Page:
Bosu Ball workouts can offer you impressive benefits for many muscles but what are some ab exercises you can do with a Bosu Ball?
You can describe the Bosu Ball as the top of a stability ball attached to a flat surface. This piece of equipment can be used to train multiple fitness components including muscle strength in your ab and other core muscles.
Most people can definitely also build a stronger core and abs without equipment but the Bosu Ball can add an extra degree of challenge. Sometimes in the form of extra muscle engagement, sometimes extra balance engagement. In a few cases, the exercise is simply more comfortable on the Bosu Ball than on the ground.
Before you give these ab and core exercises with a Bosu Ball a try, keep in mind that you generally can’t target fat loss in specific body parts.
These exercises are helpful for building abs and other core muscles but relatively bad for losing belly fat. If that is your goal you want to look for exercises that help you burn a lot of calories.
Keep in mind that even though there are upsides, like any workouts there is some injury risk involved. Especially if you have a weak back, neck, or shoulders you want to be careful when doing these exercises. You may want to talk to your primary care provider before starting a new workout routine.
Crunches are one of the most popular ab exercises out there and for a good reason, they are an effective ab exercise you can easily do at home. You can also do this exercise on a Bosu Ball.
To do a Bosu Ball crunch take the following steps:
- Sit in front of the Bosu Ball (with the round side up) with your back towards it.
- Move your upper back on the Bosu Ball so that the rounded part is placed against your lower back. Keep your feet planted on the ground. You can place your hands behind your head, cross them over your chest, or put them anywhere else. The point is to not really use your arms or move them during the exercise.
- Raise your head and shoulders as much as possible while keeping your lower back on the Bosu Ball. Make sure you don’t use your arms but your ab muscles to do this movement.
- Lower your head and shoulders until you are back in the position of step 2.
One study measured the difference in muscle activation between regular crunches, stability ball crunches with the ball against the upper back, and stability ball crunches with the ball against the lower back.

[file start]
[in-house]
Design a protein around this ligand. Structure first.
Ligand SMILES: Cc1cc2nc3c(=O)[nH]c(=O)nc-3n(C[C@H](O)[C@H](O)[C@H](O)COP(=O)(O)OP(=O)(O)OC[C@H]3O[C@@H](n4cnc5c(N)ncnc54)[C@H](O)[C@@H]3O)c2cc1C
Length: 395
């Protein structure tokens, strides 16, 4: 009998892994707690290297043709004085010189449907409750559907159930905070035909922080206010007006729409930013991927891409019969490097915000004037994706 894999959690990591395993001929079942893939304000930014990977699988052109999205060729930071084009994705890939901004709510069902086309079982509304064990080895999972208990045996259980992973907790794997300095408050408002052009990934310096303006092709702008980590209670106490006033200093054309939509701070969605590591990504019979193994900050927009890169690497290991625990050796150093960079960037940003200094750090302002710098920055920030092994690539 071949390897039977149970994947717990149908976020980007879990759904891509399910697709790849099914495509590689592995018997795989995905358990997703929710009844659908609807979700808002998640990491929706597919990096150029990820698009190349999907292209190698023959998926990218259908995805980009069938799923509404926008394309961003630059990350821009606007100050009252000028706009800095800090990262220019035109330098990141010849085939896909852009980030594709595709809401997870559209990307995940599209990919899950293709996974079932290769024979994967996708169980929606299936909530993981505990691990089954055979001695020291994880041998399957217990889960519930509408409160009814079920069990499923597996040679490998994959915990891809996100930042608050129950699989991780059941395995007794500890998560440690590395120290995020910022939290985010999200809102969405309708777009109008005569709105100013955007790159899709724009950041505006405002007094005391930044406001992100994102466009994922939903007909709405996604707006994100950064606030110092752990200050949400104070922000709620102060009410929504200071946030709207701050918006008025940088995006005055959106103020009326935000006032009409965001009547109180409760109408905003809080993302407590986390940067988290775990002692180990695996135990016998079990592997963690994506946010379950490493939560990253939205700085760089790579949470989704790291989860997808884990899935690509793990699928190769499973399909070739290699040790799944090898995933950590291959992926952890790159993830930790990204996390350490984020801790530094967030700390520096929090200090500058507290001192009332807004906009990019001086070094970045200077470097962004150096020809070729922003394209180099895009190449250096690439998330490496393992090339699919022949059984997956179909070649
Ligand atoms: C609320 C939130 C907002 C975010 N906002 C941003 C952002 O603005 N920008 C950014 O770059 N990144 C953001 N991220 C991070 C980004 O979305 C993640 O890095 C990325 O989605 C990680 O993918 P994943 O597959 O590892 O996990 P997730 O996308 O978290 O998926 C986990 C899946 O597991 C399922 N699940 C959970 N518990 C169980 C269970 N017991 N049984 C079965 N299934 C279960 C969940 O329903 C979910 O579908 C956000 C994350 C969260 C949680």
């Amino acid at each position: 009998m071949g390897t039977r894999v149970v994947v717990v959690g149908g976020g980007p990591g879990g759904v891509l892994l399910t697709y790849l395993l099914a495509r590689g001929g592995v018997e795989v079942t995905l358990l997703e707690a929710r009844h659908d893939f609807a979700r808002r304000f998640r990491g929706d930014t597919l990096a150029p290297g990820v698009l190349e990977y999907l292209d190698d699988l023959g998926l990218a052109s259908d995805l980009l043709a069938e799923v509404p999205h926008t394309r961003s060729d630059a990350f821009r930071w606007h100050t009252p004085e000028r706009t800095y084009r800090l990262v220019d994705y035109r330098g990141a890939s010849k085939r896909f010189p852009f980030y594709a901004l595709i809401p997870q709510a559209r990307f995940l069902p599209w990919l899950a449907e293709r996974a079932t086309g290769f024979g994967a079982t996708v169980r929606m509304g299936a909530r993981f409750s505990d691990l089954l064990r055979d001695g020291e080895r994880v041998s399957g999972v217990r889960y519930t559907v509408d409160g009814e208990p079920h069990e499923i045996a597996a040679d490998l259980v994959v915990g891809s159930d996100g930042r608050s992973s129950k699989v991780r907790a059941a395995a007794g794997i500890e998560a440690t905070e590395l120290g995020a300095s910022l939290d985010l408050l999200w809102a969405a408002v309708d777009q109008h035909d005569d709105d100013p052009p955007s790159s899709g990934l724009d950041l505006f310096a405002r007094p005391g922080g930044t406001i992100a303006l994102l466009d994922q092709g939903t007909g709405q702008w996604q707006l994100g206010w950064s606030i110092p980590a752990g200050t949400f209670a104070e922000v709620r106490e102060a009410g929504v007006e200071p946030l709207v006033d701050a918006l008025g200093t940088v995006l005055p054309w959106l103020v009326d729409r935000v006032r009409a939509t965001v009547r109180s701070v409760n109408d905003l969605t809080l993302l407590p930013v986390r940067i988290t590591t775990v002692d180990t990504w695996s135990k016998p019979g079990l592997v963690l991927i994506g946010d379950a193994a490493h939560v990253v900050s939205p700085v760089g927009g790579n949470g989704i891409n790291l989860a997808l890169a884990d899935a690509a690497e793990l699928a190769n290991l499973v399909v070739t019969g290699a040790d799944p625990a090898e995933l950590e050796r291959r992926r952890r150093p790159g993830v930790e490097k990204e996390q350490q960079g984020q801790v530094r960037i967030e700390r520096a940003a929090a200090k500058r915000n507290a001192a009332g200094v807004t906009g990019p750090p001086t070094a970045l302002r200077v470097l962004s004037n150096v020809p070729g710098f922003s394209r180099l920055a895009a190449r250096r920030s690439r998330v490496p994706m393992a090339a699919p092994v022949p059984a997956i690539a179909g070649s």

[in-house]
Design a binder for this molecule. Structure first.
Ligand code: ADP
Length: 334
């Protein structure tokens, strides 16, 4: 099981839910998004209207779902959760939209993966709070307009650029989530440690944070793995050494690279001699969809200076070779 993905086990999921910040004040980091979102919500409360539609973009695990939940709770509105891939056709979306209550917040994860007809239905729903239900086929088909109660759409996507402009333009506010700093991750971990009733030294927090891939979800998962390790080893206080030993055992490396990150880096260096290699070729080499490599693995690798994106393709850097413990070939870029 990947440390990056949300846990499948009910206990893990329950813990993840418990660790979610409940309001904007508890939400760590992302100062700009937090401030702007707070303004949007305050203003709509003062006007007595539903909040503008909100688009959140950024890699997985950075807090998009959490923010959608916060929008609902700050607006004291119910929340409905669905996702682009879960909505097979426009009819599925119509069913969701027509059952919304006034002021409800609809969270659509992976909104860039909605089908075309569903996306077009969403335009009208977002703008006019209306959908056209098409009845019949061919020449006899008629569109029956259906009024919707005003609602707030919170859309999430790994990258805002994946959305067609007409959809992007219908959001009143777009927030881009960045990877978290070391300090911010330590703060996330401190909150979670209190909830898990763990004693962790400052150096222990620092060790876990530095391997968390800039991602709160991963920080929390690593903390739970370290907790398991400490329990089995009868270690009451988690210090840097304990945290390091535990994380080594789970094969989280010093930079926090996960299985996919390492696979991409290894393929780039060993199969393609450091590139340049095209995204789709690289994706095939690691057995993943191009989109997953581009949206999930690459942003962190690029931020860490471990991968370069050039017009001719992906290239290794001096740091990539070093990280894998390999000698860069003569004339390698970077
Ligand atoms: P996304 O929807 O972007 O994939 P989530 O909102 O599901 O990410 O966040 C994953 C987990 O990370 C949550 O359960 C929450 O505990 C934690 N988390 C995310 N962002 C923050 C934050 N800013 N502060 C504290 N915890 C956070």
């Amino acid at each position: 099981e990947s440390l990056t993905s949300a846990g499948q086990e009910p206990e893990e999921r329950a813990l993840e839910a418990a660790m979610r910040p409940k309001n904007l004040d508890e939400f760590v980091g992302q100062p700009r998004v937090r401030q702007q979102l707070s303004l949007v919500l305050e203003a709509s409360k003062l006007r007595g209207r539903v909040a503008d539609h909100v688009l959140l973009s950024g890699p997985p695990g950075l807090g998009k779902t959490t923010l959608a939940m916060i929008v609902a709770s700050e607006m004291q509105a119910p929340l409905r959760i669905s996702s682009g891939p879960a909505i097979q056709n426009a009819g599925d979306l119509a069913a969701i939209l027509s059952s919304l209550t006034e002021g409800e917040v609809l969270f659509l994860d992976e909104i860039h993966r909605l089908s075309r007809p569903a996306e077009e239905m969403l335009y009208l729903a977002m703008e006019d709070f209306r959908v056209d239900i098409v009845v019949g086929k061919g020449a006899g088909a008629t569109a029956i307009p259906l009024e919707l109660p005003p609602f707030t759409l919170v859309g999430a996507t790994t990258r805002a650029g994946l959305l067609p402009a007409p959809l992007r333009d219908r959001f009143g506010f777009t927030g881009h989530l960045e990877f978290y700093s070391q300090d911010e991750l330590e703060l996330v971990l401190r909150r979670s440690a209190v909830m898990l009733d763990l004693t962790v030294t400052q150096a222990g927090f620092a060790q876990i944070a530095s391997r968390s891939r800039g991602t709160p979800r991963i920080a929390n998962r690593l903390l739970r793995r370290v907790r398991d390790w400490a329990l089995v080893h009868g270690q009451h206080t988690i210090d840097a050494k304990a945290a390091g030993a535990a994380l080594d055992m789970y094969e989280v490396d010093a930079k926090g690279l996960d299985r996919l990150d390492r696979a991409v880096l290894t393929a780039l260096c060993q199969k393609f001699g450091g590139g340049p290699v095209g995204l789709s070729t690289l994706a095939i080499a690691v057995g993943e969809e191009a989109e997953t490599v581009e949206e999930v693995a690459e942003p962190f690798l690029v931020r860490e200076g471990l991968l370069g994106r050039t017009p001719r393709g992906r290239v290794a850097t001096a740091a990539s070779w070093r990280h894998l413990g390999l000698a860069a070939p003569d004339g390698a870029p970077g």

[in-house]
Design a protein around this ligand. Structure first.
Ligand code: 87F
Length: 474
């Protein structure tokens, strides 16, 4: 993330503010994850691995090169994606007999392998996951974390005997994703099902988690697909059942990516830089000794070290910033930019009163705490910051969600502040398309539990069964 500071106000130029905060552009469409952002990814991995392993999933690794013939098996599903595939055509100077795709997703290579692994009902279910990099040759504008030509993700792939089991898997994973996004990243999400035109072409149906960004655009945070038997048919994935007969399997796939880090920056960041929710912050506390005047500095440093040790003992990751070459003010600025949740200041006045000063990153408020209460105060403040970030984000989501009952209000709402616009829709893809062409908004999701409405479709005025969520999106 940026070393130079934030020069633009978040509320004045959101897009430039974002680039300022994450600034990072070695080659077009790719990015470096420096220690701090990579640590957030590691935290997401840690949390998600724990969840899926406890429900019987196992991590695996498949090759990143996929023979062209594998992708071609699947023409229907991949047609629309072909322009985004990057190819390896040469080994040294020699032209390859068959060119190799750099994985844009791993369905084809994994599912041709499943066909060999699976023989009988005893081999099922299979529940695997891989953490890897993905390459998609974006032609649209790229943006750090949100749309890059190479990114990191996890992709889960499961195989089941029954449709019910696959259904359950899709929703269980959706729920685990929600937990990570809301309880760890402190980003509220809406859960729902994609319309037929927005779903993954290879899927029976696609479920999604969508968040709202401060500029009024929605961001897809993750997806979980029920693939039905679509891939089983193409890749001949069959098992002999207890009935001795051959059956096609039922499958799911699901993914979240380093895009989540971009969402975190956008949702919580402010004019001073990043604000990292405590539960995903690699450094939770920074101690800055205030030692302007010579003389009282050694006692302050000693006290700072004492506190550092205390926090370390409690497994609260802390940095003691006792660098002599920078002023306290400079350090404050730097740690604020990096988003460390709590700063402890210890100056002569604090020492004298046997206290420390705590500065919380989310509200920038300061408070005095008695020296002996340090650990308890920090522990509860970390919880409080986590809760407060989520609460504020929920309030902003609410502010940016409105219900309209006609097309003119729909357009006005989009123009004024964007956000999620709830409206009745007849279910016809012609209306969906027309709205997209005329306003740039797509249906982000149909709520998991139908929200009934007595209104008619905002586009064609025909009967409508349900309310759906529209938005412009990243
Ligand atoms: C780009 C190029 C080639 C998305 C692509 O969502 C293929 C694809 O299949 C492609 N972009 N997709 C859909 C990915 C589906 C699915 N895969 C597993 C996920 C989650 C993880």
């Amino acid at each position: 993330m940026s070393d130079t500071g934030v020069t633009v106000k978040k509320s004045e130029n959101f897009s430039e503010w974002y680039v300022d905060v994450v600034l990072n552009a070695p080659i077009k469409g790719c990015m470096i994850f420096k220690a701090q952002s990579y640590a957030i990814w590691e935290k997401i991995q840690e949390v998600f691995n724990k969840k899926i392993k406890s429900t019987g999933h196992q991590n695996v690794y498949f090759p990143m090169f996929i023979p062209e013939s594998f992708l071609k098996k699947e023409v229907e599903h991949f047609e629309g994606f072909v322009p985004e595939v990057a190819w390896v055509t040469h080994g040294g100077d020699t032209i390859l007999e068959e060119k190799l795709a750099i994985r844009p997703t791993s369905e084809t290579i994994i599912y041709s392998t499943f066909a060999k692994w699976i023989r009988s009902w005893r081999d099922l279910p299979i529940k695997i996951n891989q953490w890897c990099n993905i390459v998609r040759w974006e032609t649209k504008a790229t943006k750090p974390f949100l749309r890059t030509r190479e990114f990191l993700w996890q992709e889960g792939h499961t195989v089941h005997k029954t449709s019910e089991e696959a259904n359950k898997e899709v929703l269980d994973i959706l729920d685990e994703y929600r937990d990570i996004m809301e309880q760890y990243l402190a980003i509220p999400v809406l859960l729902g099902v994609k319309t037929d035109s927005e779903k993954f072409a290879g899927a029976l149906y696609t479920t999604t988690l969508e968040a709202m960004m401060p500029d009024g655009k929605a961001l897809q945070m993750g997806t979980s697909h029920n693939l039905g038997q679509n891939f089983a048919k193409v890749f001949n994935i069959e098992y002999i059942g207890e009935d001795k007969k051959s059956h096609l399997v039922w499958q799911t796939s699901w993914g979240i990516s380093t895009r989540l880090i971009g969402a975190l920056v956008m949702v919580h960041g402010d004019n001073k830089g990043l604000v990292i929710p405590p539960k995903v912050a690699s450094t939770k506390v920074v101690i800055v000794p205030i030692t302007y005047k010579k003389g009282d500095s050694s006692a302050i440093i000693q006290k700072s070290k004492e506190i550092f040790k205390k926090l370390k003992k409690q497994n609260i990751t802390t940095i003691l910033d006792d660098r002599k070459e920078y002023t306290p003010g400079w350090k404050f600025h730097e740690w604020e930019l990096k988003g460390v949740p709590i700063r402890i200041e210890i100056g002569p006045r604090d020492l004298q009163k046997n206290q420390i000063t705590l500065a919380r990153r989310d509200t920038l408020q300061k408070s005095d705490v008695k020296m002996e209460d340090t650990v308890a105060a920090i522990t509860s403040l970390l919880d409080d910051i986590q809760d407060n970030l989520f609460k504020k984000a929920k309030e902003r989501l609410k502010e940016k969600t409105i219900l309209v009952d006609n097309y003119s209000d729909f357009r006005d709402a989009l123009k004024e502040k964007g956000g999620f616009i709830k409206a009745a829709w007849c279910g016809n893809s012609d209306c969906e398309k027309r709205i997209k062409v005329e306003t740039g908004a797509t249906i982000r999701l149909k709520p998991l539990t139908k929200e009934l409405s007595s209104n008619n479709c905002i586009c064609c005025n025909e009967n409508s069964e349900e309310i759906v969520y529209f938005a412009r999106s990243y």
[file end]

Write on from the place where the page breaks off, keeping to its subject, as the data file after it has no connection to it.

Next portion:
The stability ball is not the exact same but it will offer a similar type of crunches as the Bosu Ball. They measured that stability ball crunches with the ball against the lower back engaged ab muscles and obliques more than regular crunches.
In turn, regular crunches activated these muscles more than crunches with the ball against the upper back (1). This means the Bosu Ball placement is very important for this exercise.
2. Side plank hip dips
To do a side plank dips take the following steps:
- Sit sideways on the ground with one of your lower arms leaning on the rounded part of a Bosu Ball. The upper arm of that same arm is vertical to support your upper body.
- Walk away from your upper body with your feet until you can put your body in a straight side plank.
- Move your hips as far down as comfortable.
- Move your hips as far up as comfortable.
- Return your body into the position of step 2 in a controlled motion.
- Repeat the same number of repetitions while leaning on your other arm.
Because your upper body is elevated on the Bosu Ball, your hips can go through a larger range of motion. The Bosu Ball also adds an extra balance dimension to side plank dips.
Bosu side plank hip dips are mainly for training your obliques which are core muscles located more to the side. That being said your abs inevitably also have some work to do during the exercise.
3. Pike crunches
To do one pike crunch take the following steps:
- Lie horizontally on the rounded part of the Bosu Ball with your butt/lower back as the contact point with the ball. Your arms start stretched upwards at a 90-degree angle with the ground.